207-211 Main Street, LLC v. Beeba Limited, and another.[1]

Massachusetts Appellate Division, Western District.
June 7, 2007.

[1] Balbir Kaur.

Present: LoConto, P.J., Brennan Cote, JJ.

Practice, Civil, Requests for rulings; Motion for involuntary dismissal.

Opinion affirming judgment for plaintiff. Action heard in the Northampton Division by Carey, J.

Timothy P. O’Leary for the plaintiff.

Thomas P. Vincent for defendant Balbir Kaur.

Cote, J.

Following a jury-waived trial, a general finding was entered for the plaintiff. Defendant Balbir Kaur appealed on the ground that the trial judge “committed a mistake, so clearly erroneous that justice requires a reversal, when [he] awarded judgment to the plaintiff. . . .” The defendant did not file requests for rulings of law pursuant to Mass. R. Civ. P., Rule 64A, and did not clearly articulate the legal basis for her motion for involuntary dismissal pursuant to Mass. R. Civ. P., Rule 41(b)(2).

It is settled that “an appeal to this Appellate Division, or any appellate court, is restricted to issues of law properly raised in the trial court and preserved for appellate review in the form of the trial court’s rulings.” Ducker v. Ducker, 1997 Mass. App. Div. 147, 148. Questions of law are generally raised and preserved in a jury-waived trial by filing Mass. R. Civ. P., Rule 64A, requests for rulings of law Campbell v. Toner, 2006 Mass. App. Div. 121, 122. In the absence of requests for rulings of law, a motion for involuntary dismissal, or a memorandum or other statement by the court making requests for rulings of law superfluous, a defendant forfeits any right to appellate consideration. Macone Bros., Inc. v. Strauss, 1997 Mass. App. Div. 95, 96; Lavalle v. Zimmerman, 1987 Mass. App. Div. 122, 123.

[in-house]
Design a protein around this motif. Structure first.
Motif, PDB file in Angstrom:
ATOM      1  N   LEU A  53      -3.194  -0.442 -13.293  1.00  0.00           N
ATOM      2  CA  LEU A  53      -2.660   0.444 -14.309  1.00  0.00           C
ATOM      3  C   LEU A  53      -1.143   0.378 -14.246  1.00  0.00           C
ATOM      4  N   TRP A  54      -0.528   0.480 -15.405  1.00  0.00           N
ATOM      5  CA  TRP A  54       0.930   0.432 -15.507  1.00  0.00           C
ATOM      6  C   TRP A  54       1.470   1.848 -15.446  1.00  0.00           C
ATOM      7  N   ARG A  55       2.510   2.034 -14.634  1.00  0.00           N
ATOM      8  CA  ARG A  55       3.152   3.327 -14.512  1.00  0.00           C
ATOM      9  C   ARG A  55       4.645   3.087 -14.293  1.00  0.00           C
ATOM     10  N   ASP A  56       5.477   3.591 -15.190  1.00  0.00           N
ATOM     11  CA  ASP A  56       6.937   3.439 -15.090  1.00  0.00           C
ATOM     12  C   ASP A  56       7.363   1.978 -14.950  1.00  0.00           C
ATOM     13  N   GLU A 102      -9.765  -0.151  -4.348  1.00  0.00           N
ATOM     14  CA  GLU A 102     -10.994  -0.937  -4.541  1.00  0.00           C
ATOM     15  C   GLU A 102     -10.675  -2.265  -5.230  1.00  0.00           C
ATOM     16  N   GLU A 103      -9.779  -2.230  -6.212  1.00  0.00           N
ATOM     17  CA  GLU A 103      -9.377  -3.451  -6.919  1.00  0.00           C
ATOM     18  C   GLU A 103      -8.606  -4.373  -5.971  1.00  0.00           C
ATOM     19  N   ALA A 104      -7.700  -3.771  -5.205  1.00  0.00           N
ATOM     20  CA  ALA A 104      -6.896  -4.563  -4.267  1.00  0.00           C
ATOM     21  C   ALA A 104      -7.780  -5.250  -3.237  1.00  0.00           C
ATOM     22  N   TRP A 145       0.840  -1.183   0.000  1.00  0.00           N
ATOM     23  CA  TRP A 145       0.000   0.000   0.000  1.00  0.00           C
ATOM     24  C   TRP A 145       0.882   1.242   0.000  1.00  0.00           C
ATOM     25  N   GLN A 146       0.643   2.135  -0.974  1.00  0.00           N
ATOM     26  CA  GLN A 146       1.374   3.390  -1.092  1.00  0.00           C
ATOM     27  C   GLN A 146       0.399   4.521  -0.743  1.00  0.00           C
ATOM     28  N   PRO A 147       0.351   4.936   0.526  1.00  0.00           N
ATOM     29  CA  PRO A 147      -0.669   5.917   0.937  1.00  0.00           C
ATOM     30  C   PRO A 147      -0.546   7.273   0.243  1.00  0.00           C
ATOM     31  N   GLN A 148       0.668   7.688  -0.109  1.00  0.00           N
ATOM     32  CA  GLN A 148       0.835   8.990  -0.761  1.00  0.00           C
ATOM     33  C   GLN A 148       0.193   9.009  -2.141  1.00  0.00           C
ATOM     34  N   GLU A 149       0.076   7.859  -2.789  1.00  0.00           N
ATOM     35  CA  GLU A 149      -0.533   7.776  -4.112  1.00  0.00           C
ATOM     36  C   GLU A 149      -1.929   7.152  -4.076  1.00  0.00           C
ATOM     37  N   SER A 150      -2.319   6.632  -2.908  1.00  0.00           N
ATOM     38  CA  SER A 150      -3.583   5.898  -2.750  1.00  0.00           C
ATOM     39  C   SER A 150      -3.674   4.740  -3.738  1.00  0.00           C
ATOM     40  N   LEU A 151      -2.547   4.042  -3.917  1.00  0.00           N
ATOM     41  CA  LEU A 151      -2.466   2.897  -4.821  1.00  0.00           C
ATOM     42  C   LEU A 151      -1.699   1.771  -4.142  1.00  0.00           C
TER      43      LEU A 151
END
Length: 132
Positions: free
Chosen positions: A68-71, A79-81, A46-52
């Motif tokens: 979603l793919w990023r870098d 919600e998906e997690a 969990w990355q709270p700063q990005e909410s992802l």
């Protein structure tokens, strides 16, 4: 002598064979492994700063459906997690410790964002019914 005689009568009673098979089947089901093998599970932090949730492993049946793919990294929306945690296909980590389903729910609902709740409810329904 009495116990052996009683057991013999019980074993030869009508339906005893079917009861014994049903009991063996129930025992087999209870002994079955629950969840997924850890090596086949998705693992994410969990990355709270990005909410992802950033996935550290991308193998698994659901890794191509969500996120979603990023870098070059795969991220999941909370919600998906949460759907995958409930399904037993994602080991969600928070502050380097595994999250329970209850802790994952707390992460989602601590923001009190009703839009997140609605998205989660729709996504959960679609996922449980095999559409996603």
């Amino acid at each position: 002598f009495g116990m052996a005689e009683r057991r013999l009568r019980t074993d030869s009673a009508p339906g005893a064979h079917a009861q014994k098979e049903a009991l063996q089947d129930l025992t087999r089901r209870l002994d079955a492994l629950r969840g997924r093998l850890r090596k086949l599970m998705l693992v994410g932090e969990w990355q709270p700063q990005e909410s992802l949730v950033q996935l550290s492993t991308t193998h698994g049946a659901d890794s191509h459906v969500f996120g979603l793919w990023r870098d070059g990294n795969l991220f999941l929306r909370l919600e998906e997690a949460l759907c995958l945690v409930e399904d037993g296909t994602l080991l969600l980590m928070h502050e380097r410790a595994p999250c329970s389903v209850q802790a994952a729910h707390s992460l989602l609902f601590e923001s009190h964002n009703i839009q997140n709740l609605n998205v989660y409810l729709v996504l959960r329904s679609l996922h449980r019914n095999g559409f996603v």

Accordingly, the judgment is affirmed and the defendants’ appeal is dismissed. So ordered.

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